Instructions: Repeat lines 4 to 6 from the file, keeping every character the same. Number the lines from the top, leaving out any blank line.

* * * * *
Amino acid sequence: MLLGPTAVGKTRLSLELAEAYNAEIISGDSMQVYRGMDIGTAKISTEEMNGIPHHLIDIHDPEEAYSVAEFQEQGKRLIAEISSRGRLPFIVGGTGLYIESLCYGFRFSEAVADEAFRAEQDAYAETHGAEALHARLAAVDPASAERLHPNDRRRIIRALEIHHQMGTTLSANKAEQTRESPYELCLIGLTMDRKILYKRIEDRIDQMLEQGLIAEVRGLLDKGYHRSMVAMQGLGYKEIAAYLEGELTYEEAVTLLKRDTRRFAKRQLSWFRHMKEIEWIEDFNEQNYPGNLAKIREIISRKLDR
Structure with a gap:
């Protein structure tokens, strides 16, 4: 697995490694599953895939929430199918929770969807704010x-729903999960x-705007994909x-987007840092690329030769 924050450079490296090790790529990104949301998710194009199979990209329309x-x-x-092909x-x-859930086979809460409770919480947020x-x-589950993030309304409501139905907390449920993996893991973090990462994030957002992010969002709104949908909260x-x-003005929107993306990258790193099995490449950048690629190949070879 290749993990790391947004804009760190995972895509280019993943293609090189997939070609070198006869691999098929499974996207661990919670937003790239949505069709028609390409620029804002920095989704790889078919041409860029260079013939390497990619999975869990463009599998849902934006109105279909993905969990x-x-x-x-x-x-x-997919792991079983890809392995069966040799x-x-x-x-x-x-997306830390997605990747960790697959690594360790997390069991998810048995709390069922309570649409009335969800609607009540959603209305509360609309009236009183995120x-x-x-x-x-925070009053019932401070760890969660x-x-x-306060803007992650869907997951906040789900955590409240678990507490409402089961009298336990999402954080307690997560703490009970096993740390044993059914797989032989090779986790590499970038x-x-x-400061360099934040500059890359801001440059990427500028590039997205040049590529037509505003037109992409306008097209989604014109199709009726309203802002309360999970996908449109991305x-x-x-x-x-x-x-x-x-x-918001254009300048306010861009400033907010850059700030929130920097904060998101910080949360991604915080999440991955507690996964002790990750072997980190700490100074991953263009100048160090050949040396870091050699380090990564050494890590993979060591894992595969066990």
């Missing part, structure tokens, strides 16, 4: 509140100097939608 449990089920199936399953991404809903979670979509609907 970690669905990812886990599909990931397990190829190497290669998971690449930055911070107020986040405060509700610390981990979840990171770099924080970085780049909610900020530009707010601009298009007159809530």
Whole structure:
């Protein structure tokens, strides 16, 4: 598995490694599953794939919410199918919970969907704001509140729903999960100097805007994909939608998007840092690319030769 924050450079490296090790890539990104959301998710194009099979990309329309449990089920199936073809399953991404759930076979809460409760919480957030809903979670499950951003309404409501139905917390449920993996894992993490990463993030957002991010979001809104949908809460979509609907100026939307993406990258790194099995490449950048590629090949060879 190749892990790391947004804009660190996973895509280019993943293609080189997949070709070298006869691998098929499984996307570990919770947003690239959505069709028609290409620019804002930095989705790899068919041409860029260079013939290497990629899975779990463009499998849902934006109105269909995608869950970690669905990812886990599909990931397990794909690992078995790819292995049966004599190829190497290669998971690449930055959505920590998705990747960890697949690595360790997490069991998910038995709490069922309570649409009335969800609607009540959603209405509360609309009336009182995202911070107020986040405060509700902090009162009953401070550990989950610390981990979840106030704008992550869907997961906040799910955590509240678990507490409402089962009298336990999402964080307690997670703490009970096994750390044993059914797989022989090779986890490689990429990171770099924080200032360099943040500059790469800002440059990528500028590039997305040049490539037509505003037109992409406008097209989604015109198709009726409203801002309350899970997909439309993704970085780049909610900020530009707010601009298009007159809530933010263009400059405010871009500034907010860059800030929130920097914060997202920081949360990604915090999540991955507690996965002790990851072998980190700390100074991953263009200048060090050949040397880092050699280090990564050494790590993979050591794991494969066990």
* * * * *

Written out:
């Missing part, structure tokens, strides 16, 4: 509140100097939608 449990089920199936399953991404809903979670979509609907 970690669905990812886990599909990931397990190829190497290669998971690449930055911070107020986040405060509700610390981990979840990171770099924080970085780049909610900020530009707010601009298009007159809530």
Whole structure:
């Protein structure tokens, strides 16, 4: 598995490694599953794939919410199918919970969907704001509140729903999960100097805007994909939608998007840092690319030769 924050450079490296090790890539990104959301998710194009099979990309329309449990089920199936073809399953991404759930076979809460409760919480957030809903979670499950951003309404409501139905917390449920993996894992993490990463993030957002991010979001809104949908809460979509609907100026939307993406990258790194099995490449950048590629090949060879 190749892990790391947004804009660190996973895509280019993943293609080189997949070709070298006869691998098929499984996307570990919770947003690239959505069709028609290409620019804002930095989705790899068919041409860029260079013939290497990629899975779990463009499998849902934006109105269909995608869950970690669905990812886990599909990931397990794909690992078995790819292995049966004599190829190497290669998971690449930055959505920590998705990747960890697949690595360790997490069991998910038995709490069922309570649409009335969800609607009540959603209405509360609309009336009182995202911070107020986040405060509700902090009162009953401070550990989950610390981990979840106030704008992550869907997961906040799910955590509240678990507490409402089962009298336990999402964080307690997670703490009970096994750390044993059914797989022989090779986890490689990429990171770099924080200032360099943040500059790469800002440059990528500028590039997305040049490539037509505003037109992409406008097209989604015109198709009726409203801002309350899970997909439309993704970085780049909610900020530009707010601009298009007159809530933010263009400059405010871009500034907010860059800030929130920097914060997202920081949360990604915090999540991955507690996965002790990851072998980190700390100074991953263009200048060090050949040397880092050699280090990564050494790590993979050591794991494969066990």